Stuart Hignel, who runs Bristol Gas Supply, has known many of his clients in the English city of Bristol for years – he has a Polaroid picture of one of his elderly clients on the cork board behind his desk – and he is aware that many of them are on regulars. Revenue.
But as fuel prices rise and gas supply costs across the city increase, Hignell is forced to make a difficult choice: raise prices for its customers or protect them by absorbing increasing costs.
“How can I contact these people and tell them their prices are going up?” He asked. “But something has to give – you can not just keep sucking it and pumping it in.”
Many small business owners, like Hinel, are struggling to absorb the impact of upside-down prices when UK inflation peaks at 40 years. Rising energy costs and goods and services have become two of the leading concerns of businesses across the UK.
In June last year, only 30% of businesses in the UK with 10-49 employees reported to the Office for National Statistics above normal input prices. By March this year, the rate had jumped to 57%.
Many can no longer stop the transmission of these increases to customers. Alexis Gailens, who runs a costume rental company on the outskirts of Bristol, struggles to think of any product or service his business uses that has not become more expensive. While his company “tried to hold back as long as we could,” he said, it had to start rolling costs.
Gailans Not Alone: About 41% of businesses in the UK with between 10 and 50 employees indicated in late April that they had already started raising prices.
Matt Griffith, policy manager at Business West, the UK West Chamber of Commerce, is in close contact with many organizations in the area and it is clear they need to start reimbursing costs. Raising prices is “the only route left” for many, he said. “Economically they have nowhere to go.”
Vicky Lee, who heads the district for business improvement in downtown Bristol, agreed. Many of the companies she works for in the city center are unable to lower their costs. They do not have “purchasing power, the power to reduce the cost per unit by purchasing on a larger scale,” she said.
She added that the plague shadow continues to affect many small businesses in the area. Although they managed to “get back quickly”, they had to borrow to continue during the crisis. Debt repayments on these loans have further tightened margins and pushed businesses to raise prices.
Transferring the increased costs to customers was not an easy decision for many small business owners, despite the challenges of the current environment, said Chris Jenkins, who has worked in Bristol’s wholesale fruit market for most of his life. Faced with steep transportation costs, his company tried to streamline.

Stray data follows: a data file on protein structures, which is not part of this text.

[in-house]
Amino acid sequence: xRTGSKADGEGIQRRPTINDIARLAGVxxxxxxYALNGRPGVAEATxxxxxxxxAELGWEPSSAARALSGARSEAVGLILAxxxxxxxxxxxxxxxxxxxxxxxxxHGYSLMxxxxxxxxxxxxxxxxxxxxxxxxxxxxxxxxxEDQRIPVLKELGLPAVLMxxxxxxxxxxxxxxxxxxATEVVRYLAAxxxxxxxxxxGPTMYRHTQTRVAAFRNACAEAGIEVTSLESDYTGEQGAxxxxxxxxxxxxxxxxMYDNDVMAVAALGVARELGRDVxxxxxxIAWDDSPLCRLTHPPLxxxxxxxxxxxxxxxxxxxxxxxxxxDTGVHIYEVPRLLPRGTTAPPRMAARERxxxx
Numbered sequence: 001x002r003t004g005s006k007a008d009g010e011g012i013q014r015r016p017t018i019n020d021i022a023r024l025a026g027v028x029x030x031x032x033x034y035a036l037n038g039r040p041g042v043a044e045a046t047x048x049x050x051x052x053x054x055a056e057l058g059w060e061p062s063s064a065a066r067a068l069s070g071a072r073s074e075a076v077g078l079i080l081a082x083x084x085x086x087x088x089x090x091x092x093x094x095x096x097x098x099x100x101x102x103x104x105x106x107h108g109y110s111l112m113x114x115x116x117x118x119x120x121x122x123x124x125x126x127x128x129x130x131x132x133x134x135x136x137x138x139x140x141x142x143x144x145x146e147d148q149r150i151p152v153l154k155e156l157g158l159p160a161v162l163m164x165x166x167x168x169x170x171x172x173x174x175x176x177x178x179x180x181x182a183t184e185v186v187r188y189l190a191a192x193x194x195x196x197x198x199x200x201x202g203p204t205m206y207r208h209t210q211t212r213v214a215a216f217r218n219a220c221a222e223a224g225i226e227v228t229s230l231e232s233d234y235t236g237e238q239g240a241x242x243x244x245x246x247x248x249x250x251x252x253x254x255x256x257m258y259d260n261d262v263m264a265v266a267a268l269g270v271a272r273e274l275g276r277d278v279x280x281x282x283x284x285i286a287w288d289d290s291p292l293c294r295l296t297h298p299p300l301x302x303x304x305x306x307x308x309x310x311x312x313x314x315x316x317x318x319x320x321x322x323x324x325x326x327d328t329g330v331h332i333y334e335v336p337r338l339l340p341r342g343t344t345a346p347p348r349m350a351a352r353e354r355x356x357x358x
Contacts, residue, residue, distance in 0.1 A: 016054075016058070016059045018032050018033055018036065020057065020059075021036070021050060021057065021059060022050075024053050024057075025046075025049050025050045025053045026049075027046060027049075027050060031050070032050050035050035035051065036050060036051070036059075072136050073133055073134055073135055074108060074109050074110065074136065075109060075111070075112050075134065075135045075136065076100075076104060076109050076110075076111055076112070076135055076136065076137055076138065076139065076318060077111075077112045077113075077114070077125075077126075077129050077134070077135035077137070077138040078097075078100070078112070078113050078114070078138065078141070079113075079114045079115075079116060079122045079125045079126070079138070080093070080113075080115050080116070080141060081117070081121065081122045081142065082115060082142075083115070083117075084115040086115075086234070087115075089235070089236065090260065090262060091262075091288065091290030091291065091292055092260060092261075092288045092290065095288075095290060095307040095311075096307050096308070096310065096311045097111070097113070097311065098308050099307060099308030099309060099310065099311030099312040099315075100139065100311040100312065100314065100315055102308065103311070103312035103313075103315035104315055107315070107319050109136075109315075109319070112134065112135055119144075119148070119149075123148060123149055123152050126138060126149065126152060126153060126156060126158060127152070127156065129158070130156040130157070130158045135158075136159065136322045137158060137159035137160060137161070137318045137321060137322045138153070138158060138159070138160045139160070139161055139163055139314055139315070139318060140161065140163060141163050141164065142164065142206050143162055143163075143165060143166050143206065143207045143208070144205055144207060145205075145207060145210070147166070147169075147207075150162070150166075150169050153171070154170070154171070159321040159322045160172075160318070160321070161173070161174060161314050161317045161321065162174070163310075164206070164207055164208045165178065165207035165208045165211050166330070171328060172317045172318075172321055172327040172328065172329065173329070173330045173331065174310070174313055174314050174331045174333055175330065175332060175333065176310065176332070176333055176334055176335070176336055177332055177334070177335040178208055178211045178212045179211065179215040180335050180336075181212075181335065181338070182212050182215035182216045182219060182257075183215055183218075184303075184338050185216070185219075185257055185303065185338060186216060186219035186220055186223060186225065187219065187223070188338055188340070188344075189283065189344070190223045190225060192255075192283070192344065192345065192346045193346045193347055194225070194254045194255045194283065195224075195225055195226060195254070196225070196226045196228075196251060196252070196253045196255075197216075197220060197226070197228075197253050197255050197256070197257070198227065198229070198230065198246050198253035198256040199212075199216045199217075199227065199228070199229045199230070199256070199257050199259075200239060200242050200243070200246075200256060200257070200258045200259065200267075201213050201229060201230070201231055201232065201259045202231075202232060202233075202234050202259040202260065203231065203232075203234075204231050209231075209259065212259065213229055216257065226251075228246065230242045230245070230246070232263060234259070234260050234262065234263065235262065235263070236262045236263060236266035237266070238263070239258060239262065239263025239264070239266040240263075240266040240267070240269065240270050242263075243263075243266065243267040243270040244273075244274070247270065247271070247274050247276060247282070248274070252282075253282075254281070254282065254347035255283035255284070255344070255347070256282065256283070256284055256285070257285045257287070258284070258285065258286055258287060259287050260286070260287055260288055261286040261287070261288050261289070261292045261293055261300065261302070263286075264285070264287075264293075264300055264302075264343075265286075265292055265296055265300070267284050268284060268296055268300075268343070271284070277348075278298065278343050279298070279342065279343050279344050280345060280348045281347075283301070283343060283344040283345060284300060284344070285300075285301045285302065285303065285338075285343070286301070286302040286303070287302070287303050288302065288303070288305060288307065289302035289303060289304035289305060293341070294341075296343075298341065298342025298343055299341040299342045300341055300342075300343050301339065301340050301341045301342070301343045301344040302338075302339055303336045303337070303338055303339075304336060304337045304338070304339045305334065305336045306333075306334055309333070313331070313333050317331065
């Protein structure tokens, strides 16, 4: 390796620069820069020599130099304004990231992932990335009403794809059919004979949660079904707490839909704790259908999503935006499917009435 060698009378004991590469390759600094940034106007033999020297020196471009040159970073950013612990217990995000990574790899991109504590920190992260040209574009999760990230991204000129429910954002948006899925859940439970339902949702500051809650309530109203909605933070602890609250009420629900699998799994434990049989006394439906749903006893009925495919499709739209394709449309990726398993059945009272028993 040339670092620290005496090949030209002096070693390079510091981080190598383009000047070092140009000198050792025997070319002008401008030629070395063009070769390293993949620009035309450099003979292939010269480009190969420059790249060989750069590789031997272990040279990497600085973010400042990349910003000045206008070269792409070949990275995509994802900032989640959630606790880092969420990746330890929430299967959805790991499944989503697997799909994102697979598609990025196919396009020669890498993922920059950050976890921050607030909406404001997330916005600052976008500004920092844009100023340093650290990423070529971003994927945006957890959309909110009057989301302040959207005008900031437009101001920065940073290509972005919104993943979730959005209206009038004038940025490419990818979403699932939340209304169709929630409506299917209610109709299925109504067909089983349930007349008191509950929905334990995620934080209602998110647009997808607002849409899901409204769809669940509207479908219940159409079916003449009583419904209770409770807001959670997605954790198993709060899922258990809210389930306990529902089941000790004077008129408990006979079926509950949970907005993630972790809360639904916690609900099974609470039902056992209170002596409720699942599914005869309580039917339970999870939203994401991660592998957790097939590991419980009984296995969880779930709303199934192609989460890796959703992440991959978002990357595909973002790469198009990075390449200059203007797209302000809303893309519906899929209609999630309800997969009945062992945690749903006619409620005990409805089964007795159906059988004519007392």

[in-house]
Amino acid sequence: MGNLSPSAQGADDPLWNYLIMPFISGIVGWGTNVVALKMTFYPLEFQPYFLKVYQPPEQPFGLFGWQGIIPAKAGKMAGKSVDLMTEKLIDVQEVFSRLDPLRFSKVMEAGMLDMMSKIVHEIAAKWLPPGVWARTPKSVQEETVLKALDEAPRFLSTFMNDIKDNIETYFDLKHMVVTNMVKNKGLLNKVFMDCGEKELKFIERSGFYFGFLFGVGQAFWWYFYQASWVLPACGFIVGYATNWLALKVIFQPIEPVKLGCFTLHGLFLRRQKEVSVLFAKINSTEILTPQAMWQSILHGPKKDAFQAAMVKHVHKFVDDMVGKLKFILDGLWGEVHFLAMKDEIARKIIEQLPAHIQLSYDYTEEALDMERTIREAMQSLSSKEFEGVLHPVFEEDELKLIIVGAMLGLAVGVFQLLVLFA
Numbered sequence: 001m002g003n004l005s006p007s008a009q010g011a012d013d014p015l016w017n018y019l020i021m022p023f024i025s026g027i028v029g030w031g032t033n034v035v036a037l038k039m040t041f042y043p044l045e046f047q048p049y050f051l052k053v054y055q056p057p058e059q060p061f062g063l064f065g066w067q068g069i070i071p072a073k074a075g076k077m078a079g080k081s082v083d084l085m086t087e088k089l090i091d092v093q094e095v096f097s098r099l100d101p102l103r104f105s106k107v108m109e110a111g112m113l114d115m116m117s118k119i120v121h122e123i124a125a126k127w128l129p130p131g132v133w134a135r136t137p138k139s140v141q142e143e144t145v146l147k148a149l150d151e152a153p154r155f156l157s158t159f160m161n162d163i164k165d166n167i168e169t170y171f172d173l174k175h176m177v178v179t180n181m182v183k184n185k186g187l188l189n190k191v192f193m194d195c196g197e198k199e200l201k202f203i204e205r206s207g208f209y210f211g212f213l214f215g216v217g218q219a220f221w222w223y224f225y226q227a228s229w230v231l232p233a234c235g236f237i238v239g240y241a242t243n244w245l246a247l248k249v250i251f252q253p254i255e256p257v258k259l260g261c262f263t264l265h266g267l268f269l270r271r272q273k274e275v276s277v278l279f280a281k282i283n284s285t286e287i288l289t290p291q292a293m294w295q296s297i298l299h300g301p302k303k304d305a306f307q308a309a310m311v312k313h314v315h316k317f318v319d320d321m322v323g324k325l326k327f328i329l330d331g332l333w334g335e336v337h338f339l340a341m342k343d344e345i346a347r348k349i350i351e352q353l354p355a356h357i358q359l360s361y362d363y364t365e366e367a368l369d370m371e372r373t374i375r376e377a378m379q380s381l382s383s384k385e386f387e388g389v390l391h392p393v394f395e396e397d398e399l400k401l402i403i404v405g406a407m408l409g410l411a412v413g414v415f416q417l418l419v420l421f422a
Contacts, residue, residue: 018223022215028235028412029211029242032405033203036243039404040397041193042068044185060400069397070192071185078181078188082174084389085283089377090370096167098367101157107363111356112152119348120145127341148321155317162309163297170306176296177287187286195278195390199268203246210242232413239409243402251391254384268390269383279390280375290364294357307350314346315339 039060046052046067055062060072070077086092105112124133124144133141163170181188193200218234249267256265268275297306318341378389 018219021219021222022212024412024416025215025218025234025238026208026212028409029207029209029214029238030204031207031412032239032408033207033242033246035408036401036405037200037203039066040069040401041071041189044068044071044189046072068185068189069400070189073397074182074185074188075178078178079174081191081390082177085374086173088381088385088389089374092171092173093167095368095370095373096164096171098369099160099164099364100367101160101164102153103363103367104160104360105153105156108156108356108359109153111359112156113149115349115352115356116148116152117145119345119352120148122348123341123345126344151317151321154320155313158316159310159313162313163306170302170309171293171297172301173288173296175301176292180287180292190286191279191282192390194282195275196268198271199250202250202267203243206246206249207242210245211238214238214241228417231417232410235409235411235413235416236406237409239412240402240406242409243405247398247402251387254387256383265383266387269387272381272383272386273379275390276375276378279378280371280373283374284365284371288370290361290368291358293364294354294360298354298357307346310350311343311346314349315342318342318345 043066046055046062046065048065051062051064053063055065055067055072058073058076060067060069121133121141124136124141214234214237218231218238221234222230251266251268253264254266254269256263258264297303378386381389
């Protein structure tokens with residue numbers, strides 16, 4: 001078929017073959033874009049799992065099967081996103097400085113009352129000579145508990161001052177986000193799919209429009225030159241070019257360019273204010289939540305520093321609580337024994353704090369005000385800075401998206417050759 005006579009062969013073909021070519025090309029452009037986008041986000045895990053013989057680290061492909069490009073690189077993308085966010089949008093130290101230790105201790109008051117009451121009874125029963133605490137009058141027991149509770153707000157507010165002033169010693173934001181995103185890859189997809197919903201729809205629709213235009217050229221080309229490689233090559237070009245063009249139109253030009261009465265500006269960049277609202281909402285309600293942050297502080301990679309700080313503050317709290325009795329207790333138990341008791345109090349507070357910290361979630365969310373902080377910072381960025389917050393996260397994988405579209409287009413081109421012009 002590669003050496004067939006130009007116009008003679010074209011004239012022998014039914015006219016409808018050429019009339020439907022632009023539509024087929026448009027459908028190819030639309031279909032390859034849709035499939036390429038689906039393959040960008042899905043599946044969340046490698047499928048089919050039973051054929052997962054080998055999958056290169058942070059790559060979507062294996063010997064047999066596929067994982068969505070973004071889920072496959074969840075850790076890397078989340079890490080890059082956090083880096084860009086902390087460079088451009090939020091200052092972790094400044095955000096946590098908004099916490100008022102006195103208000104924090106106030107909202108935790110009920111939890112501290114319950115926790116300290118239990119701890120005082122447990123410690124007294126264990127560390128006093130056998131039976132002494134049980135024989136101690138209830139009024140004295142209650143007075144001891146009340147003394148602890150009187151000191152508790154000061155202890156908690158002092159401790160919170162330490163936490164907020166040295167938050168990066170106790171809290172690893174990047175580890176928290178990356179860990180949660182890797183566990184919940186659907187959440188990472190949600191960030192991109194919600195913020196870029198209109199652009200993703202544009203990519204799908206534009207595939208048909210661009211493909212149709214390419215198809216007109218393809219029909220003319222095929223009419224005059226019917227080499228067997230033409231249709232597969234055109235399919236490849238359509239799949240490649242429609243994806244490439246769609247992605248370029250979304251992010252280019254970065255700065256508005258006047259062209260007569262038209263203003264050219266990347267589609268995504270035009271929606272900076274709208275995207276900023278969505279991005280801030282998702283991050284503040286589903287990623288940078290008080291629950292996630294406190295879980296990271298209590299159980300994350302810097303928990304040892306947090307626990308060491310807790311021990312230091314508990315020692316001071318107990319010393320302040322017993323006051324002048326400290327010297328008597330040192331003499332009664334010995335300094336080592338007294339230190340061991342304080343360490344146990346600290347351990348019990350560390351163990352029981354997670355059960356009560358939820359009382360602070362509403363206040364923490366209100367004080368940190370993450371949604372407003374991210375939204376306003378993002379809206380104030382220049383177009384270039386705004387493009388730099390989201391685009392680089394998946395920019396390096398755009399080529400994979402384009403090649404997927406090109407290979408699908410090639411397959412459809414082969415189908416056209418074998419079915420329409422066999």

“We have no excess staff at all. We all work constantly all the time. And we just have no fat. It’s just cut, cut, cut wherever we can go to try and minimize costs,” he said, adding that there is “nothing else they can do.” To lower prices.
The effect of rising prices on consumer spending is another concern. Jeremy Kinston CEO No1 Harborside, a bar, restaurant and live music venue located in Bristol’s historic harbor and two other places in the city, admitted that people are just starting to feel the rise in prices, but he hopes they will continue to eat out.
“When people go out, they know it’s going to cost a little bit more, and it’s up to us to make sure we’re smart about our quality and standards,” he said.
However, Keystone is concerned about the impact that the rise in the fall in energy prices ceiling will have on his business. Ofgem expects household energy prices to rise by about 42% in October, after rising by 54% in April.
“It’s daunting – the price in October is going up. But we at least have a plan. It’s better than no plan at all,” Kinston said.
To tackle the impact of rising energy prices on living costs, British Chancellor Rishi Sonek last week unveiled £ 15 billion Support package. This included a one-time payment of £ 650 to about 8 million households that received welfare payments.
But those at the top of the supply chain, like Jenkins, fear that even with the extra government support, raising energy prices will suck demand from the local economy.
“In November, December, they [households] He’s really going to feel it, “he said. He added that the pressure on household budgets in the coming months could cause the fruit he sells to retailers to become” more luxurious. ”
Most economists recognize that price pressures may worsen before they improve, but anticipate that the energy shock, epidemic supply chain effects and high interest rates will diminish fairly quickly from next year onwards.
However, for Jenkins it is hard to find hope that a brighter period is expected.
“I’ve been in the role all my life. I was born into it,” he said. “All this time, you could always see the light at the end of the tunnel. You can not see it now.”
Small businesses struggle to absorb soaring costs Source link Small businesses struggle to absorb soaring costs